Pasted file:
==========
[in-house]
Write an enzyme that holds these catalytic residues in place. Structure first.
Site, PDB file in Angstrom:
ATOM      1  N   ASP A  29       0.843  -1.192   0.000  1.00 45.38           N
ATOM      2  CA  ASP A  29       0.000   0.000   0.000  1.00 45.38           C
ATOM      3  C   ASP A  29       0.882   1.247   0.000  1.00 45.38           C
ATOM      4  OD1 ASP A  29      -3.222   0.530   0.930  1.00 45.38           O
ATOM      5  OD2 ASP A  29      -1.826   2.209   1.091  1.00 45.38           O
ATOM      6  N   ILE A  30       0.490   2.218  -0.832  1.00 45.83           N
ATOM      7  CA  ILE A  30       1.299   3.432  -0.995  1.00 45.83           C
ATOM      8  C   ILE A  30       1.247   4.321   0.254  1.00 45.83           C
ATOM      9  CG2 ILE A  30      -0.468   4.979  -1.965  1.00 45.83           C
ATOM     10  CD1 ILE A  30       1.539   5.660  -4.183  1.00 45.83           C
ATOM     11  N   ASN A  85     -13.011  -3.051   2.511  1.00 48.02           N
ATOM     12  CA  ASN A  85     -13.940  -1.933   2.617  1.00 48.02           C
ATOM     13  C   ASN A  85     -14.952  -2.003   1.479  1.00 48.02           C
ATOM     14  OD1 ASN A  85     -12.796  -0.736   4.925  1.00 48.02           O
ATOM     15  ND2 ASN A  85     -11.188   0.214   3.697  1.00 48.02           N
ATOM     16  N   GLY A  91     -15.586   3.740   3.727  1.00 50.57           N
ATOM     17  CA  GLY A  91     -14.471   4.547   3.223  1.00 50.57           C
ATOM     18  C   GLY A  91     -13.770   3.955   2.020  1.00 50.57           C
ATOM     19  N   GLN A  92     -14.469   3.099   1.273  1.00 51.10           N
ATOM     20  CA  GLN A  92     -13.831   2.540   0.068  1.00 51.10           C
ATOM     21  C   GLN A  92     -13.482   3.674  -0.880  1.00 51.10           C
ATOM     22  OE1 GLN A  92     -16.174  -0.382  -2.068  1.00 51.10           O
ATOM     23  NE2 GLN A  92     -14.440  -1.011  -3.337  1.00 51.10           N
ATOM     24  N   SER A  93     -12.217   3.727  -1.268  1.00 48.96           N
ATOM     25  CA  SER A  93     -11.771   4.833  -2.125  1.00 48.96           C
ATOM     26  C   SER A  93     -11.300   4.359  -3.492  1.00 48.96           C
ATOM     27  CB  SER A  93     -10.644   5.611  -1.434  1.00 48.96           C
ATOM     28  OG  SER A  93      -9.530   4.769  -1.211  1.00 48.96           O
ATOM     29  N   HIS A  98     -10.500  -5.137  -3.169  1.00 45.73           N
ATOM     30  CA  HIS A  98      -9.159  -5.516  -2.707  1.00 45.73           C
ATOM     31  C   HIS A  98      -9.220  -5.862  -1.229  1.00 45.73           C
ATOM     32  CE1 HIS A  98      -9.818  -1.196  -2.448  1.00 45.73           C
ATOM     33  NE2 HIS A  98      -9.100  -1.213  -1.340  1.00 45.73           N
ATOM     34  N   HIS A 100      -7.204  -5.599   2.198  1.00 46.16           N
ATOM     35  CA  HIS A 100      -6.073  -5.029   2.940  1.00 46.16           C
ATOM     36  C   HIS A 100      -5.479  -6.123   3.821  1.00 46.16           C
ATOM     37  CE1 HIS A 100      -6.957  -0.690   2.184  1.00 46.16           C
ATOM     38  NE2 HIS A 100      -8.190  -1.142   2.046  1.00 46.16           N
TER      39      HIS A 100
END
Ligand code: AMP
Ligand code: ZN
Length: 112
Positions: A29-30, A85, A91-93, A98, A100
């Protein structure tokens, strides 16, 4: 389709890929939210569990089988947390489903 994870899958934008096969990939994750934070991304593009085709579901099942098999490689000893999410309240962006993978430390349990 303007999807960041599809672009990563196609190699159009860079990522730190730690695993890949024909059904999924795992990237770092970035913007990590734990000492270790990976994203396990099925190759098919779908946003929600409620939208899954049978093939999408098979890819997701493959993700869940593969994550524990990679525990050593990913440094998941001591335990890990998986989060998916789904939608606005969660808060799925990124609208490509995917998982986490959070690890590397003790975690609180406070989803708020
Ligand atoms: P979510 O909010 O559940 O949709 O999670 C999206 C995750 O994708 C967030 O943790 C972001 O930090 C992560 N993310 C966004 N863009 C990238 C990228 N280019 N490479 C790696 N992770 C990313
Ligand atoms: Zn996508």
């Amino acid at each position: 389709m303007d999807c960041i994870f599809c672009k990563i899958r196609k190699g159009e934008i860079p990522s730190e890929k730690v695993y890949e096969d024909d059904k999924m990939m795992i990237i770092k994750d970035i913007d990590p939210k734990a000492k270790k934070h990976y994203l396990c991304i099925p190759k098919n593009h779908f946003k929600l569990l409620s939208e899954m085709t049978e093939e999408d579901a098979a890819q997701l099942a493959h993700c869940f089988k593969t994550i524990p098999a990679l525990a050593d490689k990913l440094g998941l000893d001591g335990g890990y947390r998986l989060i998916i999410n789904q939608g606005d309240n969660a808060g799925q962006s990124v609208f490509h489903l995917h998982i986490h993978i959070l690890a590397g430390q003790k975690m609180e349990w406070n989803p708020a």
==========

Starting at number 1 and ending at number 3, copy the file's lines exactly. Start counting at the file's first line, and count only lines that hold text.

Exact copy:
[in-house]
Write an enzyme that holds these catalytic residues in place. Structure first.
Site, PDB file in Angstrom: